Confronting the environmental crisis

Image: Cottonbro Studio


Corporations can play the “sustainability” theater, but confronting climate collapse is necessarily confronting the empire of capital

The Gauchos are still waiting for the water to recede to return to their homes, counting the dead and assessing the extent of the devastation. That doesn't mean climate collapse deniers remain silent. They cling to the fact that floods also occurred in the past (the one in 1941, in Porto Alegre, is always mentioned) to frame the tragedy as a “fatality”. They continue their crusade against the scientific method, using isolated cases to challenge regularities and trends, just as they did during the new coronavirus pandemic.

Yes, there are many records of floods, extreme temperatures or unseasonably hot or cold weather in the past. The point is that these phenomena are becoming more – much more – constant and intense. The data is eloquent and decades of research point to human action as the cause. The scientific consensus is established, despite all the efforts of the “merchants of doubt” (researchers funded by large corporations, who produce biased studies on topics such as smoking, opioids, ultra-processed foods or global warming).

Talking about “human action”, however, is very vague. It seems to distribute the blame among all of us. However, the responsibilities are very diverse. The environmental cost of a citizen of a rich country, with its higher consumption standard, is often equivalent to that of a resident of a poor country. And, within each society, evidently the richest have the greatest impact, with their expensive automobiles, private jets, speedboats and yachts, profusion of Gadgets in constant replacement etc. A report from last year estimates that the richest 10% in the United States, that is, around 0,4% of the world's inhabitants, are responsible for 40% of the entire planet's pollution.

At the same time, the consequences are also distributed unequally – and the first victims are always the poorest. Rich countries “export” much of their pollution, transferring either industrial plants or waste. And, in each country, the rich have access to goods and services that minimize the consequences of environmental collapse, from air conditioning equipment to properties in less vulnerable areas.

In short: we are all in the same boat, as they say. But there is a lot of difference between being in first or third class. And when it sinks, which is its likely fate, only a few will have access to the lifeboats.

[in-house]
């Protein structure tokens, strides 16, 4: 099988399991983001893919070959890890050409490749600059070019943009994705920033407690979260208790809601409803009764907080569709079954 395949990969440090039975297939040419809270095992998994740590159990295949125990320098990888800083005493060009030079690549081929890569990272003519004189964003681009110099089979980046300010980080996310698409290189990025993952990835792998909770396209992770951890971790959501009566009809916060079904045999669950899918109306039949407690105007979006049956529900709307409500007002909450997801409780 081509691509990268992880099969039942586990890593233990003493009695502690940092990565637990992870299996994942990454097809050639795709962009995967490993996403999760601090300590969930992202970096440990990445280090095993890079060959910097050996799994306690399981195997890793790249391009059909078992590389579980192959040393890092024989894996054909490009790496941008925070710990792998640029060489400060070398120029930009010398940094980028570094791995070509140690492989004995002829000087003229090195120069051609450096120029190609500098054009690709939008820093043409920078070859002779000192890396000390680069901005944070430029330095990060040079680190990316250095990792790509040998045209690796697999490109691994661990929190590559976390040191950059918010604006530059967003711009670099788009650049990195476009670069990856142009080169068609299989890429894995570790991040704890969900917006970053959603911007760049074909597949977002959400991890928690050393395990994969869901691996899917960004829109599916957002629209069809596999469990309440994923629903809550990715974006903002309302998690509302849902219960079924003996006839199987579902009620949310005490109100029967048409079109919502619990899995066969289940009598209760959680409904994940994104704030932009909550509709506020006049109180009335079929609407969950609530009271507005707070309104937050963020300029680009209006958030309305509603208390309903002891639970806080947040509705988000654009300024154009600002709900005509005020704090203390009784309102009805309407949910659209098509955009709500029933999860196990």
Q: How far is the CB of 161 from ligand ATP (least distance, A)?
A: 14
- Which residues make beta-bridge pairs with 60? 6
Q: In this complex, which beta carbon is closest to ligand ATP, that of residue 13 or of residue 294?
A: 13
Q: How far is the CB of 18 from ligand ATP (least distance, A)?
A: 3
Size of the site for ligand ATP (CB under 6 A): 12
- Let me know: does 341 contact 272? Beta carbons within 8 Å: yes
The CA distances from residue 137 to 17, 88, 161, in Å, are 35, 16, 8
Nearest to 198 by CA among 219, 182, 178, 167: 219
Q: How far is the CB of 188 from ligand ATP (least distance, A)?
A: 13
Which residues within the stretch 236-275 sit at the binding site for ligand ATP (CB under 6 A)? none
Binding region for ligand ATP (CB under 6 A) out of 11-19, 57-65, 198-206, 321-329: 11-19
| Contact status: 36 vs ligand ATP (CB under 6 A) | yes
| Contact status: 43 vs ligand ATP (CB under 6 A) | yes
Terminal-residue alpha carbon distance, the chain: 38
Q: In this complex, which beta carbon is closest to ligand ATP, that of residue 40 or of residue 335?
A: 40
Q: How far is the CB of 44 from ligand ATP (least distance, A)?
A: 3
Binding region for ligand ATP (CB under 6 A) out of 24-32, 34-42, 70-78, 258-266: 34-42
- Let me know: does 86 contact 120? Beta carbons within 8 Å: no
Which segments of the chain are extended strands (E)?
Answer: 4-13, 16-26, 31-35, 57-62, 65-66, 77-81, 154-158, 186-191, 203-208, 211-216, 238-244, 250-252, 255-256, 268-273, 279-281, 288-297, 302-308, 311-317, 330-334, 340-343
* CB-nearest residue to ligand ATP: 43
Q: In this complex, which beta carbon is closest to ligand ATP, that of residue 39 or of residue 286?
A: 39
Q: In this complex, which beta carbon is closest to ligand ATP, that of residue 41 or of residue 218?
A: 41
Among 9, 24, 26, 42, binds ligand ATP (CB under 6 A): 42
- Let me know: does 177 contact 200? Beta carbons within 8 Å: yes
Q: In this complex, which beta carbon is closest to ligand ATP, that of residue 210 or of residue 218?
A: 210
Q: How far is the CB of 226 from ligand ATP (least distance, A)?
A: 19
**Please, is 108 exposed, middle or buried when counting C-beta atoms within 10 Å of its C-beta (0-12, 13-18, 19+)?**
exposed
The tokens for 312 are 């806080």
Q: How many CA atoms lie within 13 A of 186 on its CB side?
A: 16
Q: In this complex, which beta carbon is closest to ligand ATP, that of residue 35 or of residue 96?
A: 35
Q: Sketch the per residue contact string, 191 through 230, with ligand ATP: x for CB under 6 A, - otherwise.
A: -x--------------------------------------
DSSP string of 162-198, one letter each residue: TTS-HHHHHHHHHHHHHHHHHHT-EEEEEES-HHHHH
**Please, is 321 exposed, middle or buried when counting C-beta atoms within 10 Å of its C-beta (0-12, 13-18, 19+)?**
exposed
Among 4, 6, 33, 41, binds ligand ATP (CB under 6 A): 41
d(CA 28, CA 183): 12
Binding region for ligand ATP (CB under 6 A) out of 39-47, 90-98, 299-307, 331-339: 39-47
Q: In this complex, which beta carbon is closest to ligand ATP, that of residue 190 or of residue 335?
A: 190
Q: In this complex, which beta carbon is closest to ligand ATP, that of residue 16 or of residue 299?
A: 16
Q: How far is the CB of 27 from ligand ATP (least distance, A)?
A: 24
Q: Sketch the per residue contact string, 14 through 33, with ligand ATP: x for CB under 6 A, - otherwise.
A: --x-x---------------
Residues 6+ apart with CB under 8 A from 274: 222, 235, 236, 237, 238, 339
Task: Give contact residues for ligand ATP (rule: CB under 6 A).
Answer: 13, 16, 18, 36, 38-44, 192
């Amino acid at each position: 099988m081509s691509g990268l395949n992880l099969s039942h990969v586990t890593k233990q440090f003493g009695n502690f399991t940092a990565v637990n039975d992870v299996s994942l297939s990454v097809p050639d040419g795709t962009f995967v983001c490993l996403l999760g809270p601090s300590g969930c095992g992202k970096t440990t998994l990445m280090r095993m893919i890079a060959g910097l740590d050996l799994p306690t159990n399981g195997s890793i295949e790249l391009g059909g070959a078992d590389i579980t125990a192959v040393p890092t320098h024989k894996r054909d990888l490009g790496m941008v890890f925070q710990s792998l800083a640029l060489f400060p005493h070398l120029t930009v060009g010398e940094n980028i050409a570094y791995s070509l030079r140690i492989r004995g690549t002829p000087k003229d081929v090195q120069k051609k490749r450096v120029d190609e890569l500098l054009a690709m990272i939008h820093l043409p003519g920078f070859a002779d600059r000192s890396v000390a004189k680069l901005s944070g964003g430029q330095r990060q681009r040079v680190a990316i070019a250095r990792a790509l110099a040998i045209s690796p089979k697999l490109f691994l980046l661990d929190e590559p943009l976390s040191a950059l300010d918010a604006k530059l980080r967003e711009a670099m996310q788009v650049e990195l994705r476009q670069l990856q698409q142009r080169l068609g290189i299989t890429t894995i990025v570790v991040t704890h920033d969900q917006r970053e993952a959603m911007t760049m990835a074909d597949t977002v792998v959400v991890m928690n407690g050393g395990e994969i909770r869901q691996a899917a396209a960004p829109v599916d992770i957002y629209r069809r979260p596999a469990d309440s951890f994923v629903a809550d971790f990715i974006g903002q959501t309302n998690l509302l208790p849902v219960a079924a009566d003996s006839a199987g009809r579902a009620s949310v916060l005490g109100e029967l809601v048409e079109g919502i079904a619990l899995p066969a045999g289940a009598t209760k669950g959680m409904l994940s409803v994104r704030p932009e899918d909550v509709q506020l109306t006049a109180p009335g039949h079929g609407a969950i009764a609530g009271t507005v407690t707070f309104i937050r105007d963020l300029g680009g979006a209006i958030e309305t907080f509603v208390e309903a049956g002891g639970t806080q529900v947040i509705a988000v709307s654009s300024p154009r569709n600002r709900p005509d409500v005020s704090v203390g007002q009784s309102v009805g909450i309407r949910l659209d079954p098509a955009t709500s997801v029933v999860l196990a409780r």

The greedy businessmen are to blame, the politicians who live at their service blocking environmental protection measures are to blame, the media is to blame for calibrating the news with the concern of not offending big advertisers too much. We need to indicate the responsibility of each of them. But also the fact that his actions – like, to some extent, those of all of us – follow the dynamics of a system: capitalism.

The logic of capitalist accumulation, with its incessant demand for value generation, makes all of nature “an object of humanity”, as Karl Marx said. Environmental preservation is absolutely contradictory to this logic. As Japanese philosopher Kohei Saito put it, capitalism radically reorganizes humanity’s relationship with nature “from the perspective of the maximum possible extraction of abstract labor.” As it is about generating value, not meeting needs, there is no limit to the extraction of raw materials and their processing. And each of us, inhabitants of the capitalist world, are taught from an early age to seek compensation for the alienation of our lives in incessant consumption.

Corporations can make a show of “sustainability”, but confronting climate collapse is necessarily confronting the empire of capital. At the same time, its logic also contaminated the countries of “real socialism”. When, after the Second World War, Soviet leaders set the goal of surpassing the Western standard of living, they accepted a capitalist metric. The same can be said about China today.

Karl Marx was obviously not an environmentalist before la lettre. It is futile to look to him for miraculous prescience about the ecological challenges we face today. But criticism of capitalism, its predatory nature, the violence it engenders, the mechanisms of which were largely uncovered by Marx and the thinkers who followed in his footsteps, all of this is essential to any consequent confrontation with the environmental crisis.

* Luis Felipe Miguel He is a professor at the Institute of Political Science at UnB. Author, among other books, of Democracy in the capitalist periphery: impasses in Brazil (authentic). []

Originally posted on the author's social media.

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